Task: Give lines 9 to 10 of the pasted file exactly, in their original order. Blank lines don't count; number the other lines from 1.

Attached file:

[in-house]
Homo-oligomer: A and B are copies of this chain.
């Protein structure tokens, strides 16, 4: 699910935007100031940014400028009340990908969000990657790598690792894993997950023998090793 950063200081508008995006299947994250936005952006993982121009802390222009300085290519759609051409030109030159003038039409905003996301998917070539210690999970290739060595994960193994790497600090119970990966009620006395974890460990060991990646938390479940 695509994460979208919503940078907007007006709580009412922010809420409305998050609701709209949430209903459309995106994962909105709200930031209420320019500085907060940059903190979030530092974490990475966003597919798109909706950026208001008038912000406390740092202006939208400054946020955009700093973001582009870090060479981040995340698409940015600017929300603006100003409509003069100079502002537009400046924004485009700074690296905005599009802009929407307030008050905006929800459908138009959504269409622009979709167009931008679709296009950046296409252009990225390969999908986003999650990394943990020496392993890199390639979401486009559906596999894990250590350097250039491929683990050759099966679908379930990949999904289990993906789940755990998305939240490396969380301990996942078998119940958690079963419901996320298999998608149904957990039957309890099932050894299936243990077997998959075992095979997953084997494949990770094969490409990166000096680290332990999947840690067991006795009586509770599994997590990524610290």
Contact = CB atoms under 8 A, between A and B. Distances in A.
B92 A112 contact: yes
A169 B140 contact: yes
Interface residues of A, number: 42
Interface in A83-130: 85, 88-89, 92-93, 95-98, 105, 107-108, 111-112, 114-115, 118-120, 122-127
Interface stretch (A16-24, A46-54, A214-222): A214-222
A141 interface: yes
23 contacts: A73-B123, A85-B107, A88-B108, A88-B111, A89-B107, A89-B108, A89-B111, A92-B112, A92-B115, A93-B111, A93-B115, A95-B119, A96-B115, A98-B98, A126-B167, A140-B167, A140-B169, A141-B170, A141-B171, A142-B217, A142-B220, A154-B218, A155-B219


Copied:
Interface stretch (A16-24, A46-54, A214-222): A214-222
A141 interface: yes